Linking Culture, Content, and Community With BaseBall ( and Geography)

Blog Post created by BBSutton on Apr 29, 2017
The National Museum of African American History and Culture uses artifacts to teach.

I noted that the sports area is very heavily trafficked and kids and adults go there to celebrate achievement in sports. Here are the artifacts in Baseball. So interesting and exciting. You need to know the links to the online because getting into the museum is difficult. Museums are digitized and no longer static. Look at this baseball.

Baseball signed by the 1953 Brooklyn Dodgers team. There is lost history in the space of minority learning and with

ESRI and the museum we can teach and learn. Did you know that there were:

New York Black Yankees, American, 1932 - 1948

I have been pursuing the history of the Negro League to be able to map the true extent of involvement. In my history I have passed by quite a few of the places where the games were held without knowing what the purpose of the stadium was. The league was truly national. How they arranged travel was mostly by bus. Some teams migrated from one area to another in a year. I found a flat map which is interesting, but is not interactive. So the task is to create the interactive map.


The students will learn the geography of the Negro Leagues in the US  . One of the teams in New Jersey , was White.

There was a Cuban team in the league as well.


It is easy in SW ,Washington DC to get kids interested in the real game. Sports equipment will do that. We also live in the shadow of the National Stadium and free or low cost tickets are easy to get through neighborhood assembly groups. The players come to schools and do outreach.


But how will the game affect academics?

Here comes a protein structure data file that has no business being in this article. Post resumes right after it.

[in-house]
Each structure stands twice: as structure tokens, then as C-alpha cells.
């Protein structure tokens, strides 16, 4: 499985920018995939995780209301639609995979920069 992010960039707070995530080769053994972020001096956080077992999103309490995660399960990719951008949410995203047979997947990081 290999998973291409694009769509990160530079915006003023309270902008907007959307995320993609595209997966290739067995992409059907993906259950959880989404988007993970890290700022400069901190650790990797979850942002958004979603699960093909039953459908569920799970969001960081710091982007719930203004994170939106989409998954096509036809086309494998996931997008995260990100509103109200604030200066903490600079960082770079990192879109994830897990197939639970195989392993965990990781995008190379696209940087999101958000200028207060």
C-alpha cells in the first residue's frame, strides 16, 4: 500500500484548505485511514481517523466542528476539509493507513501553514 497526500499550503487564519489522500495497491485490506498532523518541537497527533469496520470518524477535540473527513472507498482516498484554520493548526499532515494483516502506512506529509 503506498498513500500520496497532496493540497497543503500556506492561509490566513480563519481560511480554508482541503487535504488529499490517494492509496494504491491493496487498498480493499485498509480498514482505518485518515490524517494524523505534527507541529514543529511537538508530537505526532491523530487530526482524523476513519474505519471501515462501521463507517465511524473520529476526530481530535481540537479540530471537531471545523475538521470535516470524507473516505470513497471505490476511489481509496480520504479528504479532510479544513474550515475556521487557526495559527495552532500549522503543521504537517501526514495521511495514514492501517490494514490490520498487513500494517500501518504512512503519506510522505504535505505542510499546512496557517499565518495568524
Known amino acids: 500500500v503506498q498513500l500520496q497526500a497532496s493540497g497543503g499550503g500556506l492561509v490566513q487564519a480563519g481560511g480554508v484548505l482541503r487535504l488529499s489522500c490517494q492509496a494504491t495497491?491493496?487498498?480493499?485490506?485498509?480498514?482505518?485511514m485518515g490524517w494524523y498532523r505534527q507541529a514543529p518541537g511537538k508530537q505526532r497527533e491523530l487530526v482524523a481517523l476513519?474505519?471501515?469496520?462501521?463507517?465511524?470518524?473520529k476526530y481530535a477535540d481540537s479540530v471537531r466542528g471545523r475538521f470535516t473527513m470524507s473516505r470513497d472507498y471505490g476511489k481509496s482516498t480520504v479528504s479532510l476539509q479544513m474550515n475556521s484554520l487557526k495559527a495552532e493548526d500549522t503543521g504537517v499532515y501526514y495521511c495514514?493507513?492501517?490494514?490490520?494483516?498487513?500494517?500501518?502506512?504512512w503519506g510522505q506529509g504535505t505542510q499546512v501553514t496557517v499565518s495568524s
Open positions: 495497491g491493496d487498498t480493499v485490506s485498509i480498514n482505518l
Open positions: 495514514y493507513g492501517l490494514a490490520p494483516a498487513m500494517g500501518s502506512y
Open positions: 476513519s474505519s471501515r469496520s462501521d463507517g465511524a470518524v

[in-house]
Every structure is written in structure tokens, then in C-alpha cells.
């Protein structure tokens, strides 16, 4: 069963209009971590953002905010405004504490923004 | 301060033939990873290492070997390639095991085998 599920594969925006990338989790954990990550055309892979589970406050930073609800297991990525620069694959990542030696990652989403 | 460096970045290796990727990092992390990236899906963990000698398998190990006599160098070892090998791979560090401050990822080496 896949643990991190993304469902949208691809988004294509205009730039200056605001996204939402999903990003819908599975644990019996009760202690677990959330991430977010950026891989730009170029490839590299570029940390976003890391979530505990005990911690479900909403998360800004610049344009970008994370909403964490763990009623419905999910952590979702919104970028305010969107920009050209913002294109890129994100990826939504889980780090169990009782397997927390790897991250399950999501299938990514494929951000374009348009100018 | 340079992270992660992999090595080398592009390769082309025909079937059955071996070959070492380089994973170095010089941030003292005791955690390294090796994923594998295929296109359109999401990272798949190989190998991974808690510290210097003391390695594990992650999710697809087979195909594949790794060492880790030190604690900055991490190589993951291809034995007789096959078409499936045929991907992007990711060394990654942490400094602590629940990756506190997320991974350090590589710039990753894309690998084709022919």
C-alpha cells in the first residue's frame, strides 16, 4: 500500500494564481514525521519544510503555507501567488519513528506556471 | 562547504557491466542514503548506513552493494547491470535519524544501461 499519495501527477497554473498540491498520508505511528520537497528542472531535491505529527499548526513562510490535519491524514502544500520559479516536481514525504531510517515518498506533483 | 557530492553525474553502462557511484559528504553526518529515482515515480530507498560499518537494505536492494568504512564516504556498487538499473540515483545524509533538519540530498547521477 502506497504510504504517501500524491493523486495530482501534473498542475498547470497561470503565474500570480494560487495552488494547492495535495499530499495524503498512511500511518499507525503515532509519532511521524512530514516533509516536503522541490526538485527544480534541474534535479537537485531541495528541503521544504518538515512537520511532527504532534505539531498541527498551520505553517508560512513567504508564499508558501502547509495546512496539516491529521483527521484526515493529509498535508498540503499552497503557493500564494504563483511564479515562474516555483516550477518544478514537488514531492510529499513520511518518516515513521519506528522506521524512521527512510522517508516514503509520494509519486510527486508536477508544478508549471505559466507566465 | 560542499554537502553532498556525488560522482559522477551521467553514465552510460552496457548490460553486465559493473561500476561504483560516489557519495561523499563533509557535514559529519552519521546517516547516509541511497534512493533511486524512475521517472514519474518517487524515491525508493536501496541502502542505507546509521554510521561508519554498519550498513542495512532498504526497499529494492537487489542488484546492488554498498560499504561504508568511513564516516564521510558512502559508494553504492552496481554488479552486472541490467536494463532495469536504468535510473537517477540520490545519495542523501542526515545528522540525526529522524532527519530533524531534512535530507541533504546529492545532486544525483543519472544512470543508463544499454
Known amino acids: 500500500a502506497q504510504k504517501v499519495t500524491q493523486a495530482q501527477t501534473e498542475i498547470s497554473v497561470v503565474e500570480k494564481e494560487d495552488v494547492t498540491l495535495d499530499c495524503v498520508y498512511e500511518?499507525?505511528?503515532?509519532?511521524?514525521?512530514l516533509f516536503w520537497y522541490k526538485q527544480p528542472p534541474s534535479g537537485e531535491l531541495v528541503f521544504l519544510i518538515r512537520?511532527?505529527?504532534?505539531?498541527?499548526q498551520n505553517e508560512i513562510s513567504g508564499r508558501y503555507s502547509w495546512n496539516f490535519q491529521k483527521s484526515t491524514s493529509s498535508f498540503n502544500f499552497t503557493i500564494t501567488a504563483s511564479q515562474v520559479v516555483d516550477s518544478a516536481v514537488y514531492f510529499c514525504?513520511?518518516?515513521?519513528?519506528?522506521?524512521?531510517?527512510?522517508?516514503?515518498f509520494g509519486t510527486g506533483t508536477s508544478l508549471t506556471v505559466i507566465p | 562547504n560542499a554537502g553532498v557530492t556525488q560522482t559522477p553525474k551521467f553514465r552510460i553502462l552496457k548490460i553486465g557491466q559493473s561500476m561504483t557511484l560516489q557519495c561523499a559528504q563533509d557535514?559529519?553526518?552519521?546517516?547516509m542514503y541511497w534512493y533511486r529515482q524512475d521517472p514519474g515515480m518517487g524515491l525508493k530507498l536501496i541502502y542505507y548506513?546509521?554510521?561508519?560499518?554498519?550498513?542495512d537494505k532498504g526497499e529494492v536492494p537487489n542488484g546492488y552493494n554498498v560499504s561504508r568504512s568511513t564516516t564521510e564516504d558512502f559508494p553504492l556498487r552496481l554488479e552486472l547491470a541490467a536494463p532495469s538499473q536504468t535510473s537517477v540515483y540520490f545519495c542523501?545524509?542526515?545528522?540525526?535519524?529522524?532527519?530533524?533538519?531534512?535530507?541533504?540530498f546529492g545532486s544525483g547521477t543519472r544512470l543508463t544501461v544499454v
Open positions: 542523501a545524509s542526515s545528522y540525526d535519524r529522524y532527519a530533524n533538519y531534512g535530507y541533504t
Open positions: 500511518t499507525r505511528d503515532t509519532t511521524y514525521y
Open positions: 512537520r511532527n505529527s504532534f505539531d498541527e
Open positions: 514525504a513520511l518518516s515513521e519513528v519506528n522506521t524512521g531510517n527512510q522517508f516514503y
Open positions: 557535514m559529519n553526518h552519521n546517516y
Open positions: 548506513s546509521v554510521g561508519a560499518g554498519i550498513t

We can map the teams that would have been considered local.

We can learn how a bat and a baseball are made 

We can interview members of the Nats, and if we can find them, members of  Old Negro League.

We can investigate how the stats are kept for players and teams.

.What is the geography of all baseball? Where is it played?


We can have the youth play games.


How is a bat made? Making a Baseball Bat 


Image may contain: 3 people, people smiling, text and outdoor


We know that blacks were not allowed to eat in most states in dining places and fast food was not a given.

What did they eat at the Black Parks?Who has the recipes ?

To get community interest we can sponsor an event , a pot luck gathering at a local softball game or gathering.



But about math and stats. If you look at the poster above. You can see that we encourage sportsmanship with academics. We want the youth to be athletic but also academically and socially adequate.


How? Inquiry

How wood becomes a baseball bat! If you think a baseball bat is a pretty simple thing, well you're out in the left field. Making a bat means balancing things like weight and thickness. The material it's made from can make a difference. Metal bats hit the ball farther. However, the pros use wooden bats because of league regulations and even the type of wood might impact the score.(Wikipedia  )


What is a baseball , how is it made?  How do you make a baseball glove? 


How about a Game on the Computer or Phone?


Title:     Summer Slugger

Category:  K-6 Education

Platform:     Web Browser

Game length: 3-4 hours, delivered in 5-10 minute daily play sessions.




Every summer, students take a 2-3 month break from school, resulting in crucial knowledge loss from no practice. English Language Arts (ELA) and Math are two of the most critical learning topics, where without ongoing practice, students lose critical progress over the summer. Providing learning games available to everyone, and not requiring parent involvement, levels the playing field regardless of socioeconomic background and makes 4th/5th grade summer learning fun. So  Summer Slugger, an educational, baseball-themed program, was designed to prevent summer learning loss. The well-crafted instructional design and casual game play are successfully married to engage students to keep them actively learning outside of the classroom in the summer months. The program includes extensive use of game-play, narrative, mechanics, and rewards, reaching students between 4th and 5th grade.


Other Info:

This game is being distributed into thousands of schools across the United States. Here is a promotional video:



First you get the interest , then you do the geography. Moving from a collaboration of ideas to Geoinquiries should be a piece of cake. Charlie Fitzpatrick says, "Education is a process of engagement, not of delivery. Technology has brought many opportunities for engagement, but not all students have had the chance to build the tech skills so important for today and tomorrow." 

So sometimes we flip the learning experiences.

Will they want to map ?